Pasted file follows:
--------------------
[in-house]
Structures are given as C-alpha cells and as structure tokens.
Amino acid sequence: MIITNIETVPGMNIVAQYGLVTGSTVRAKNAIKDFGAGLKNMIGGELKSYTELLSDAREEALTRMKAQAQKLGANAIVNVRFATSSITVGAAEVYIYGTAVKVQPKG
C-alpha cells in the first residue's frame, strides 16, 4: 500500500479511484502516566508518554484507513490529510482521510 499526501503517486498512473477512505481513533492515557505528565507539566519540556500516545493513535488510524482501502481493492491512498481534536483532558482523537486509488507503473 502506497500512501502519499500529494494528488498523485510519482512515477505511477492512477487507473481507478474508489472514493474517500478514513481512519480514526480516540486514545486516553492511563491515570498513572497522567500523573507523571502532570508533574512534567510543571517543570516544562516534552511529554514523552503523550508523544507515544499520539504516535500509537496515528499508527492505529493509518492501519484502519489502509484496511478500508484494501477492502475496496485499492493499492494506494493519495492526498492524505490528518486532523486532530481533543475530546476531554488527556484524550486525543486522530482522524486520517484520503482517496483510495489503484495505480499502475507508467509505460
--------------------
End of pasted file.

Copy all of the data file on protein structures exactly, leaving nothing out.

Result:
[in-house]
Structures are given as C-alpha cells and as structure tokens.
Amino acid sequence: MIITNIETVPGMNIVAQYGLVTGSTVRAKNAIKDFGAGLKNMIGGELKSYTELLSDAREEALTRMKAQAQKLGANAIVNVRFATSSITVGAAEVYIYGTAVKVQPKG
C-alpha cells in the first residue's frame, strides 16, 4: 500500500479511484502516566508518554484507513490529510482521510 499526501503517486498512473477512505481513533492515557505528565507539566519540556500516545493513535488510524482501502481493492491512498481534536483532558482523537486509488507503473 502506497500512501502519499500529494494528488498523485510519482512515477505511477492512477487507473481507478474508489472514493474517500478514513481512519480514526480516540486514545486516553492511563491515570498513572497522567500523573507523571502532570508533574512534567510543571517543570516544562516534552511529554514523552503523550508523544507515544499520539504516535500509537496515528499508527492505529493509518492501519484502519489502509484496511478500508484494501477492502475496496485499492493499492494506494493519495492526498492524505490528518486532523486532530481533543475530546476531554488527556484524550486525543486522530482522524486520517484520503482517496483510495489503484495505480499502475507508467509505460